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Shallots Gardening Guide

Sets received before planting time in your area can be stored in a dry, cool, airy, frost-free place until ready to plant.

Plant sets as early in spring as soil can be worked. Choose a sunny location with well-drained soil. Make a shallow furrow, 1-11/2" deep and lightly press in sets about 4" apart in rows 18" apart and cover with 1" of fine soil. Cultivate or mulch to control weeds and supply plenty of water during the growing season.

Harvesting and storage:

When about three-quarters of the tops have fallen over, bend over those still standing to hasten drying. After all tops are yellow, pull up plants with clusters of bulbs attached and allow them to dry in the sun for a few days. Then spread out in a well-ventilated place until tops are thoroughly dry (2-3 weeks). Braid tops together, or cut the tops off 1-2" above the bulbs. Store in a dry, cool, airy place. Shallots may also be pulled at the scallion stage (when pencil-thick to finger-thick).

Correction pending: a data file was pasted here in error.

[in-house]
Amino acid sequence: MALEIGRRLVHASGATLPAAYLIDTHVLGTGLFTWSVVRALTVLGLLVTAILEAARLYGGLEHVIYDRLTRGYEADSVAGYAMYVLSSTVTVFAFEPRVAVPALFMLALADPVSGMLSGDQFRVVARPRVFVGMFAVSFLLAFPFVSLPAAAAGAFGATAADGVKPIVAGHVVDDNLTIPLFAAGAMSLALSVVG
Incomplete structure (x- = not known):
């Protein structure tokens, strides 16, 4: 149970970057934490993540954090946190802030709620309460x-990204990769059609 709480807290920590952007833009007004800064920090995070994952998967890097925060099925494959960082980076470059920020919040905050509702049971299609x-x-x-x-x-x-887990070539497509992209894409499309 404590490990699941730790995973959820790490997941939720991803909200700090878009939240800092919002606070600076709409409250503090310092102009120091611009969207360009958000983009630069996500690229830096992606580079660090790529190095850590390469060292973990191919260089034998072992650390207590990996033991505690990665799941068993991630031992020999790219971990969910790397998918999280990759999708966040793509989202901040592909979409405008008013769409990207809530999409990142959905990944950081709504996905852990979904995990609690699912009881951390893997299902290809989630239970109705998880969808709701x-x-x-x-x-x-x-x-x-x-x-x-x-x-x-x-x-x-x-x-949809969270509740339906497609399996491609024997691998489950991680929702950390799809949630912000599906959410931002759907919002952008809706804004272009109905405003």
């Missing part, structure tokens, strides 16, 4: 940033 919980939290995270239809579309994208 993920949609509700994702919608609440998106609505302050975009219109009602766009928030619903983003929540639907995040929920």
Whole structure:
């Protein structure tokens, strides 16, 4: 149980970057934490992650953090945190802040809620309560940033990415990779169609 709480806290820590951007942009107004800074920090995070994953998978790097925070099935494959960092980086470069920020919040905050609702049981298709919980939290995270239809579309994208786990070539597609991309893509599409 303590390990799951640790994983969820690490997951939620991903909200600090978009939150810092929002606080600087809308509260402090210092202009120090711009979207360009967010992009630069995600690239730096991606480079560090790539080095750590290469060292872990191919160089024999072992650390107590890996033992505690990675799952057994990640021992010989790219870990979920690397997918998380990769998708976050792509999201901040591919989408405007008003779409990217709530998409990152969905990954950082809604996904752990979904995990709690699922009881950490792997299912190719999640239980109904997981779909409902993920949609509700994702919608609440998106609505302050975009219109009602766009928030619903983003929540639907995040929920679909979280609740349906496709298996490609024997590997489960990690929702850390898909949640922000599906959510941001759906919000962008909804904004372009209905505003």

Read the next Article: Seed Starting Part 2

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Gardening Tip of the Day

  • Fall salad crops can be difficult to start because garden soil is often very warm when seeds need to be planted. To trick the internal mechanism that allows seeds to germinate in warm ground, freeze them for a week or two.
    Or start seeds indoors in flats where it’s cool, and transplant seedlings into the garden immediately after germination. Be sure to include winter or cold-hardy lettuce varieties when planting. They will take temperatures down into the 20s with little or no protection. ‘Little Caesar’, Buttercrunch’ lettuces, ‘Frizz E’endive and ‘Baby’s Leaf Hybrid’ spinach are good choices. When the thermometer dips below freezing, lay an old bed sheet or floating row cover directly over the lettuce, endive and spinach for protection.